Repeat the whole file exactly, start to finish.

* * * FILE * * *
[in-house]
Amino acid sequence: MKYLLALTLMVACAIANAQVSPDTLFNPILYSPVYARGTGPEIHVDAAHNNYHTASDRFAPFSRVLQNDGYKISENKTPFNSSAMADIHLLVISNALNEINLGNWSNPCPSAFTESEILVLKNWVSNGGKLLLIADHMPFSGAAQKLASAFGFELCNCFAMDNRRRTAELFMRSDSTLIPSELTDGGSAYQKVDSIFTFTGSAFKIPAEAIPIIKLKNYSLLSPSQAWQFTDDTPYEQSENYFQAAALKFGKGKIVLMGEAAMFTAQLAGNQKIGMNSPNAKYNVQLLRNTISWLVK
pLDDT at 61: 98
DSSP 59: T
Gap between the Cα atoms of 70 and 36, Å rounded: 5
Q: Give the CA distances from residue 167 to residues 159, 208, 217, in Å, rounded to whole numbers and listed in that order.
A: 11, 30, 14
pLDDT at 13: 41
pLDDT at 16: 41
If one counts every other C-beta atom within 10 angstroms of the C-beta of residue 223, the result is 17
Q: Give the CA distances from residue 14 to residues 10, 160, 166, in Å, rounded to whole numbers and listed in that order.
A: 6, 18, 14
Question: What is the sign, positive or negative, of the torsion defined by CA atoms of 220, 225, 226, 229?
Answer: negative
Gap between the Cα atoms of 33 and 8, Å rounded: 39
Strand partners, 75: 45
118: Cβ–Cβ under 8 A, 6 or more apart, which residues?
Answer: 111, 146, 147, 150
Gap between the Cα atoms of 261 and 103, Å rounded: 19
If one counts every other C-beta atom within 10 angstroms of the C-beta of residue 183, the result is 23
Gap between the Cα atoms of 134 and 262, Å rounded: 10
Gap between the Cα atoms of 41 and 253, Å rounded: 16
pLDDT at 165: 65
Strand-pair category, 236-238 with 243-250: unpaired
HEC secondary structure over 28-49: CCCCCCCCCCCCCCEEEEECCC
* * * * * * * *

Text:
[in-house]
Amino acid sequence: MKYLLALTLMVACAIANAQVSPDTLFNPILYSPVYARGTGPEIHVDAAHNNYHTASDRFAPFSRVLQNDGYKISENKTPFNSSAMADIHLLVISNALNEINLGNWSNPCPSAFTESEILVLKNWVSNGGKLLLIADHMPFSGAAQKLASAFGFELCNCFAMDNRRRTAELFMRSDSTLIPSELTDGGSAYQKVDSIFTFTGSAFKIPAEAIPIIKLKNYSLLSPSQAWQFTDDTPYEQSENYFQAAALKFGKGKIVLMGEAAMFTAQLAGNQKIGMNSPNAKYNVQLLRNTISWLVK
pLDDT at 61: 98
DSSP 59: T
Gap between the Cα atoms of 70 and 36, Å rounded: 5
Q: Give the CA distances from residue 167 to residues 159, 208, 217, in Å, rounded to whole numbers and listed in that order.
A: 11, 30, 14
pLDDT at 13: 41
pLDDT at 16: 41
If one counts every other C-beta atom within 10 angstroms of the C-beta of residue 223, the result is 17
Q: Give the CA distances from residue 14 to residues 10, 160, 166, in Å, rounded to whole numbers and listed in that order.
A: 6, 18, 14
Question: What is the sign, positive or negative, of the torsion defined by CA atoms of 220, 225, 226, 229?
Answer: negative
Gap between the Cα atoms of 33 and 8, Å rounded: 39
Strand partners, 75: 45
118: Cβ–Cβ under 8 A, 6 or more apart, which residues?
Answer: 111, 146, 147, 150
Gap between the Cα atoms of 261 and 103, Å rounded: 19
If one counts every other C-beta atom within 10 angstroms of the C-beta of residue 183, the result is 23
Gap between the Cα atoms of 134 and 262, Å rounded: 10
Gap between the Cα atoms of 41 and 253, Å rounded: 16
pLDDT at 165: 65
Strand-pair category, 236-238 with 243-250: unpaired
HEC secondary structure over 28-49: CCCCCCCCCCCCCCEEEEECCC